Great Leaders Make Friends at Work


Fun-at-WorkGreat leaders who have friends at work certainly seem to have more fun on the job. But did you know that leaders with workplace friendships make better decisions, are more engaged in work, more committed, and productive?

Making friends at work is more important than we give credit. Workplace friendships are one of the strongest predictors of productivity, according to research. What I find notable is that few leaders recognize the importance of workplace friendships, according to psychologist Ron Friedman in his book The Best Place To Work.

“It’s because it’s easy to confuse the concept of friends at the office with the notion of fooling around,” Friedman explains. “Close friendships are perceived as a source of gossip, favoritism, and distraction. But that’s exactly the wrong way to think about what happens when we’re working with friends.”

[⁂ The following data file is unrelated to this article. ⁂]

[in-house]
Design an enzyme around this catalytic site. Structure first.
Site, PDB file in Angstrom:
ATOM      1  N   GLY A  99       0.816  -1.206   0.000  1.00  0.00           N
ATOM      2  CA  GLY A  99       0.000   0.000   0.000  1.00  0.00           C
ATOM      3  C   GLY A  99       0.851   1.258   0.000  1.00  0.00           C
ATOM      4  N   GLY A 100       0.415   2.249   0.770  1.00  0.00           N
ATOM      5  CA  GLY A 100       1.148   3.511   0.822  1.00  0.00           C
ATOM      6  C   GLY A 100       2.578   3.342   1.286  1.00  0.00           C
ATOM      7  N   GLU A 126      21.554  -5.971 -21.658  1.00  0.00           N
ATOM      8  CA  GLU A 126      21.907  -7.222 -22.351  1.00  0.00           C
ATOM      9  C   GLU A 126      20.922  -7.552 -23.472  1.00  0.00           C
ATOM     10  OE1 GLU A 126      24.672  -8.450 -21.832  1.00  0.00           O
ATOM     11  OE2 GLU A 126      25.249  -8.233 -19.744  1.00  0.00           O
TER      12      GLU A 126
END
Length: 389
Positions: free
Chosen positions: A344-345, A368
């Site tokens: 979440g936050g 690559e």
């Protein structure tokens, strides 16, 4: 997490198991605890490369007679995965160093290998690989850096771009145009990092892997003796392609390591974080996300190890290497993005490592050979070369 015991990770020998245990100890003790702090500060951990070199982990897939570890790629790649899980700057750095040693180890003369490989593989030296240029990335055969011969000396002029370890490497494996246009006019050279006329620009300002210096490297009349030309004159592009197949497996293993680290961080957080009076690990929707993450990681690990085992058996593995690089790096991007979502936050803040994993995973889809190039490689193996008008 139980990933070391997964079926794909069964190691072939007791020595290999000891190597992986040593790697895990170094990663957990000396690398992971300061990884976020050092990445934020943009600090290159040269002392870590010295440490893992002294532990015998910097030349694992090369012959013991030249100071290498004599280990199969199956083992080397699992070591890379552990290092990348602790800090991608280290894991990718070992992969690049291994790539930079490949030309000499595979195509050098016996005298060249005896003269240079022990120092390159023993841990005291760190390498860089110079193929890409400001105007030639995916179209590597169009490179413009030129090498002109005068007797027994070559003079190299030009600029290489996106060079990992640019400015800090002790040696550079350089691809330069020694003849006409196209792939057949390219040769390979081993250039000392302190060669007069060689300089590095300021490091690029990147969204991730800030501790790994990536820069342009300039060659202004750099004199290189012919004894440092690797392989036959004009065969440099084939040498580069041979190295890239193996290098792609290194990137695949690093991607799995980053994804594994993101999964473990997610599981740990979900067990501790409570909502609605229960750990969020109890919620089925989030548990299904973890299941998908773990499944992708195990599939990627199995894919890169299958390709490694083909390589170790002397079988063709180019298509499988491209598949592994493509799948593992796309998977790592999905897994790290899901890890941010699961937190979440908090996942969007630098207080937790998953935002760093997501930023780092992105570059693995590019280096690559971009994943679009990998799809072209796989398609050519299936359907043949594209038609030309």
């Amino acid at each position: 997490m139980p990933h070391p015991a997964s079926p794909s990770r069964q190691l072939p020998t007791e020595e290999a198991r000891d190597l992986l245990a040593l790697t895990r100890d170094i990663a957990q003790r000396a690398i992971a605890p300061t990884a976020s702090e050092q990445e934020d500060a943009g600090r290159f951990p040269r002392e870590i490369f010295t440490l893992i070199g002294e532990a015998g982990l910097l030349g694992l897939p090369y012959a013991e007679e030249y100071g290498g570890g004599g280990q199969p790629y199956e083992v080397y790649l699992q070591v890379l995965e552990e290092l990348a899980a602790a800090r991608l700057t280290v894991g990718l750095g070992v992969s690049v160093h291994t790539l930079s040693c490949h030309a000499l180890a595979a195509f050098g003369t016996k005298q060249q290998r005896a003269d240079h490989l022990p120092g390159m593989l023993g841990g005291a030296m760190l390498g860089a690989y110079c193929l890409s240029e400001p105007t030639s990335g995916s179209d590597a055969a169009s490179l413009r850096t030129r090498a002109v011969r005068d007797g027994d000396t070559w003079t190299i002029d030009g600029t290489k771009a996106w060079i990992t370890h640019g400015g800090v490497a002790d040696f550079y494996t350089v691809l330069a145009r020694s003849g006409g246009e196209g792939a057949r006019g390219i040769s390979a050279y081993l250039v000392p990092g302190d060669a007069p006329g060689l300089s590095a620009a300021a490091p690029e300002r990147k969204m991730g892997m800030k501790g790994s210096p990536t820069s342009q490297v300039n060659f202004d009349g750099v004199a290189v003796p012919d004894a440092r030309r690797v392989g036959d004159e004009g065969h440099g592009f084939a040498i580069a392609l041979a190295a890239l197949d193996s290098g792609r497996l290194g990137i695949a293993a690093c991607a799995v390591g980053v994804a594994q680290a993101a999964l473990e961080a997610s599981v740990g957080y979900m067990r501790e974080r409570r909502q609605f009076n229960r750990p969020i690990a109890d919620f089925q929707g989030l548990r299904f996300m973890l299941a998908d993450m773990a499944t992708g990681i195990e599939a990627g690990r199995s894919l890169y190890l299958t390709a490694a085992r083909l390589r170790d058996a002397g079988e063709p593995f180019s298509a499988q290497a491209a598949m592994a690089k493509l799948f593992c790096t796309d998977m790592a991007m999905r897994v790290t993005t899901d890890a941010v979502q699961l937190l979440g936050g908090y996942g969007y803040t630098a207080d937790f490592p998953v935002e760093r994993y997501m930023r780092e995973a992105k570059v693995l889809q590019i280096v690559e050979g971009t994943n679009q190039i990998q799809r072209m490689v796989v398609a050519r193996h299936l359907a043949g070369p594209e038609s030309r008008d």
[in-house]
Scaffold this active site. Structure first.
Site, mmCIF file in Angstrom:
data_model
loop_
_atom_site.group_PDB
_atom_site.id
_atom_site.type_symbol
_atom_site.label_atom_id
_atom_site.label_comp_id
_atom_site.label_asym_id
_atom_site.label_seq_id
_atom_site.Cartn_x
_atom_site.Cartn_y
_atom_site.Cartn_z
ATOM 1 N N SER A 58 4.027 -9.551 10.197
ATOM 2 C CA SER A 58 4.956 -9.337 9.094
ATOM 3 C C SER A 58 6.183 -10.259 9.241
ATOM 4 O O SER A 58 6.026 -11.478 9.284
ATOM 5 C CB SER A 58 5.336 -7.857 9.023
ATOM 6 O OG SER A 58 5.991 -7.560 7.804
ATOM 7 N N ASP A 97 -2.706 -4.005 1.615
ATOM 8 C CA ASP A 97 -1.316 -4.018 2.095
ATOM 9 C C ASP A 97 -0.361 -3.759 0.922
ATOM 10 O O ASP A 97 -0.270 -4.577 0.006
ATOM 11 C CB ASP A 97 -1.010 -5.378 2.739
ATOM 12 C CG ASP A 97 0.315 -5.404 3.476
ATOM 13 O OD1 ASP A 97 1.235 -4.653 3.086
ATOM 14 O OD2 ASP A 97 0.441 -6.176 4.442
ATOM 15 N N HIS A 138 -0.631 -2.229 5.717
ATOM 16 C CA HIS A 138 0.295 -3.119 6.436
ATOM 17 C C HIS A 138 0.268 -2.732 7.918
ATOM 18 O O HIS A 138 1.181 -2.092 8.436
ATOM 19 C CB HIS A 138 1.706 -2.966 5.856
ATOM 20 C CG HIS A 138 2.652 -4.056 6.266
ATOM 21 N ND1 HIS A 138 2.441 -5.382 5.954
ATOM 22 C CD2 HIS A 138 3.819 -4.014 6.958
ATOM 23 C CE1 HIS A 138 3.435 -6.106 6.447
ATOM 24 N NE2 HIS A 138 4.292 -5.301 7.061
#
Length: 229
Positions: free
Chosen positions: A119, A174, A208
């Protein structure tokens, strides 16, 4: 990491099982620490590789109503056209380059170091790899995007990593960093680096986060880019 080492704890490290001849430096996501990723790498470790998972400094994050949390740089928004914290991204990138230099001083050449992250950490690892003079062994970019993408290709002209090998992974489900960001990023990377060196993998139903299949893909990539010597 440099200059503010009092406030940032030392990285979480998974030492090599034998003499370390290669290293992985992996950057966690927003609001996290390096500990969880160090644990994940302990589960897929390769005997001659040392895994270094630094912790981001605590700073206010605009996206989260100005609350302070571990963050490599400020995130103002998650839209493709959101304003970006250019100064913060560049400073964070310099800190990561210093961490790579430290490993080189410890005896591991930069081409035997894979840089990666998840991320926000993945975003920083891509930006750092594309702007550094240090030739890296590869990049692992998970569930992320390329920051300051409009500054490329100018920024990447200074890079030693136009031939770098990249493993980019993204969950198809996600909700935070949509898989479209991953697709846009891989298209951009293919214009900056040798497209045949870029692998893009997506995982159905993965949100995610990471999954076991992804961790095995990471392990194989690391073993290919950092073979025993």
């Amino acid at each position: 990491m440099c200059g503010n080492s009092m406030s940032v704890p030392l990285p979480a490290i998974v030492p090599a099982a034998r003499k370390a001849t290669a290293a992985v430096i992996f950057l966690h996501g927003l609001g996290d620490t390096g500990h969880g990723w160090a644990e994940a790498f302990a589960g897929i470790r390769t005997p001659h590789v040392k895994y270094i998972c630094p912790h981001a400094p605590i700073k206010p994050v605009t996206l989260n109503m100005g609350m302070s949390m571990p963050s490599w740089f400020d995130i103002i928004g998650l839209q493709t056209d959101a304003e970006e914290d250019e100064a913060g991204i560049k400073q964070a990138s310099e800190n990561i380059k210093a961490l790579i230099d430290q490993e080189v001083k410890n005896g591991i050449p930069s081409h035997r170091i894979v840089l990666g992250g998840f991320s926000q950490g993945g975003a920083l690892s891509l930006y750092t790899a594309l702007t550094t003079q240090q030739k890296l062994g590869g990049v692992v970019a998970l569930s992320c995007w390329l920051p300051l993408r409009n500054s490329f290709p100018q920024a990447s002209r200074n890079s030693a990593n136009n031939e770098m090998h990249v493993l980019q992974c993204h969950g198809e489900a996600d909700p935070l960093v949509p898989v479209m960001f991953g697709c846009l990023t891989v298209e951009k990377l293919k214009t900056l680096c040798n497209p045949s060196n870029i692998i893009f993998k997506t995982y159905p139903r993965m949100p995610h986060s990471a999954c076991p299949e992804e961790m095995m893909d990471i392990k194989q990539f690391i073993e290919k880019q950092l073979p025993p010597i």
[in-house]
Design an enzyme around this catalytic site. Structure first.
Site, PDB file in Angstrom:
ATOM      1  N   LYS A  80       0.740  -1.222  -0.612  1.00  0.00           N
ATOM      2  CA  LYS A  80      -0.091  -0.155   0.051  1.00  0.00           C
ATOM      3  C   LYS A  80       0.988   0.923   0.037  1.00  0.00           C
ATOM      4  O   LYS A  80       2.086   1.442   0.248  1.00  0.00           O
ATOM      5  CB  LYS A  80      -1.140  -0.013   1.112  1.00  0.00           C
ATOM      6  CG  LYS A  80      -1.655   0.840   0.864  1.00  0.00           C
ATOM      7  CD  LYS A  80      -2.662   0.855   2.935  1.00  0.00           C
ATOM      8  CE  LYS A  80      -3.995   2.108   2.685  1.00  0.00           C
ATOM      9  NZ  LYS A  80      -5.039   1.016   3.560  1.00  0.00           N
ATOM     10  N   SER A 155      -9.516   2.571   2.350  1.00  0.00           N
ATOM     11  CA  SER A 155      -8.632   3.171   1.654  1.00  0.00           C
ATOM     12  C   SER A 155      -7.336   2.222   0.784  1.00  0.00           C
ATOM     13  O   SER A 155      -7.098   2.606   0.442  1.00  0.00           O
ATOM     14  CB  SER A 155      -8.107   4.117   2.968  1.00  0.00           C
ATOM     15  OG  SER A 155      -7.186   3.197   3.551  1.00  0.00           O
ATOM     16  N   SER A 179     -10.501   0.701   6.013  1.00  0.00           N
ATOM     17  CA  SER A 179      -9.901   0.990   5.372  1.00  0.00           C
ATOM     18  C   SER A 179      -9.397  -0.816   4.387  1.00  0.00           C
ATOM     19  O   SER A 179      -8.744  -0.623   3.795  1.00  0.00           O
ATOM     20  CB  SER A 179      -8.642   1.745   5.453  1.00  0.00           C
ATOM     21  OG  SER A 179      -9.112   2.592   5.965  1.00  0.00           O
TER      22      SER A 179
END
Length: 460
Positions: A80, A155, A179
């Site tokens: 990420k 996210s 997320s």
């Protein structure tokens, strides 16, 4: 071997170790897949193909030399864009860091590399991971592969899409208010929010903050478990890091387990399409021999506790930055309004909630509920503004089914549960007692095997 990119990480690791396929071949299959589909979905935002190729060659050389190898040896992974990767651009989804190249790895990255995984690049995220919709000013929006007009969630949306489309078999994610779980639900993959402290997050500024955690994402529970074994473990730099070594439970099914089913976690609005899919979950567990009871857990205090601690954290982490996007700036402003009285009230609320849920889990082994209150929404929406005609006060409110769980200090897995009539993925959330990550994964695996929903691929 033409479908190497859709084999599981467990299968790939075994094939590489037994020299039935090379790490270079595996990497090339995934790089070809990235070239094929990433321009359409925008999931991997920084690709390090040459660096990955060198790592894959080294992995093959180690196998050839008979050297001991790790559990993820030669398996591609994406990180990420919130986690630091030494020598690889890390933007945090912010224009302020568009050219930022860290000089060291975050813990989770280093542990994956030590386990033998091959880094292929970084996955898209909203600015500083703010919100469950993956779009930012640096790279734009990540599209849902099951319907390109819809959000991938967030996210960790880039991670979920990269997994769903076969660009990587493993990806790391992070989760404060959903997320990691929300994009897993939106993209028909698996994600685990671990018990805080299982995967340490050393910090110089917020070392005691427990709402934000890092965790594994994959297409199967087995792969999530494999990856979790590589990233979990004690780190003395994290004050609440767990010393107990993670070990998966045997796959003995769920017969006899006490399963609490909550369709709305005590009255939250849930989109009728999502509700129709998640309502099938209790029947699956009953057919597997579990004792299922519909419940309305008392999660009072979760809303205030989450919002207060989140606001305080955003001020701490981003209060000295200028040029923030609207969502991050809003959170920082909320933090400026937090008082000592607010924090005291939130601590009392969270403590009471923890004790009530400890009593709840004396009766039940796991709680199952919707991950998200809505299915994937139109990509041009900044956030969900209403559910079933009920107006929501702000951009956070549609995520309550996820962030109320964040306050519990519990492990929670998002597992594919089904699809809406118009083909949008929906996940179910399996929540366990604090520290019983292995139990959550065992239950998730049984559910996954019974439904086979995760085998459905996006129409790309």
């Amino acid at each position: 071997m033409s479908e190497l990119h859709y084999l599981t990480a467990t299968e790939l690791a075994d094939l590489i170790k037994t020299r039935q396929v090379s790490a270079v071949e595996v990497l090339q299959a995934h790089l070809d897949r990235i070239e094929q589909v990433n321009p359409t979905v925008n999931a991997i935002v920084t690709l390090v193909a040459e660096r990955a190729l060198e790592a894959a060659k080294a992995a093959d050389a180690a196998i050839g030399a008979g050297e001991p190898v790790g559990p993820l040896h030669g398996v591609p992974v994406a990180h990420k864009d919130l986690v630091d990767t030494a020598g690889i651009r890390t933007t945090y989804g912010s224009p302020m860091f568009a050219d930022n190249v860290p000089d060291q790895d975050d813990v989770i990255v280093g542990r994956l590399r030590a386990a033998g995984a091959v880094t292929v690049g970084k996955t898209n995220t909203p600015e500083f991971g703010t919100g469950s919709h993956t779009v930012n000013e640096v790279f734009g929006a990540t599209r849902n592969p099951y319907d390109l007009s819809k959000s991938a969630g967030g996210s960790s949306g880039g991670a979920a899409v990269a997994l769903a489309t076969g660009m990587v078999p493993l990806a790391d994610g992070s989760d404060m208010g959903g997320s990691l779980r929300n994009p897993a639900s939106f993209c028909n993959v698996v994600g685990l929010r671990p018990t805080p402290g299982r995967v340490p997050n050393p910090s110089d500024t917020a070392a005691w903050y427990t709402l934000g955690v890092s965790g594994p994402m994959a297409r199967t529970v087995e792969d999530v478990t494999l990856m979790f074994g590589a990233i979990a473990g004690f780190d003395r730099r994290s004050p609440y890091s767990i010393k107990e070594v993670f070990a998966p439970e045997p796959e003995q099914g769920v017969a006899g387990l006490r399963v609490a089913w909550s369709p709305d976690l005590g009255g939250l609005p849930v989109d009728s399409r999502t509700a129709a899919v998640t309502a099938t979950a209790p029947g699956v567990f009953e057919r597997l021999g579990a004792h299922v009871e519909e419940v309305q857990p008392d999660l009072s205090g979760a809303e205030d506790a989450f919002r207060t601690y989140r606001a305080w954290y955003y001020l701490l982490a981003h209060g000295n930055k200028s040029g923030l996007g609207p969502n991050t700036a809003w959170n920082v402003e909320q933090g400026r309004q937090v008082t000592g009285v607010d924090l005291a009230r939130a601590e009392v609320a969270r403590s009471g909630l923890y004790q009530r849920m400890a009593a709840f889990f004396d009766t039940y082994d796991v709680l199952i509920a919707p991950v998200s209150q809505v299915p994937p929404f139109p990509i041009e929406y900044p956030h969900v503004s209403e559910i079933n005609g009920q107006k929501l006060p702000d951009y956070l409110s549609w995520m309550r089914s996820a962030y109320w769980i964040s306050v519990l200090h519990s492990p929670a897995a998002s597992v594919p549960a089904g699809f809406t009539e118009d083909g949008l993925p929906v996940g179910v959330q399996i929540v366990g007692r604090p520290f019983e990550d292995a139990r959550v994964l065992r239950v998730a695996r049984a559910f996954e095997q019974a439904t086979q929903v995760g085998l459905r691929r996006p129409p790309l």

It turns out that meaningful connections are vital to our psychological and physical well-being. In fact, it’s impossible to perform at our best unless we feel connected to others.

But making friends at work isn’t always easy. I hear this in my coaching practice in subtle, and not so subtle, ways. Work relationships can be complicated by notions of hierarchy and perceived utilitarian motives. Efforts to befriend someone can feel forced.

When we meet another person for the first time, it’s a defining moment in how that relationship will develop. On a neurological basis, the human brain instantly picks up clues to whether a person is friend or foe. When I think about all the first impressions people have made on me, and consider the impact, that makes sense to me.

We select which coworker relationships to cultivate. Friendships at work are different than those in other contexts. The culture of the organization most likely has unspoken rules about appropriate social contacts.

What have been your experiences with making friends at work? Is it encouraged within the organization? I’d love to hear from you; give me a call, 704-827-4474. Or, you can reach me here and on LinkedIn.

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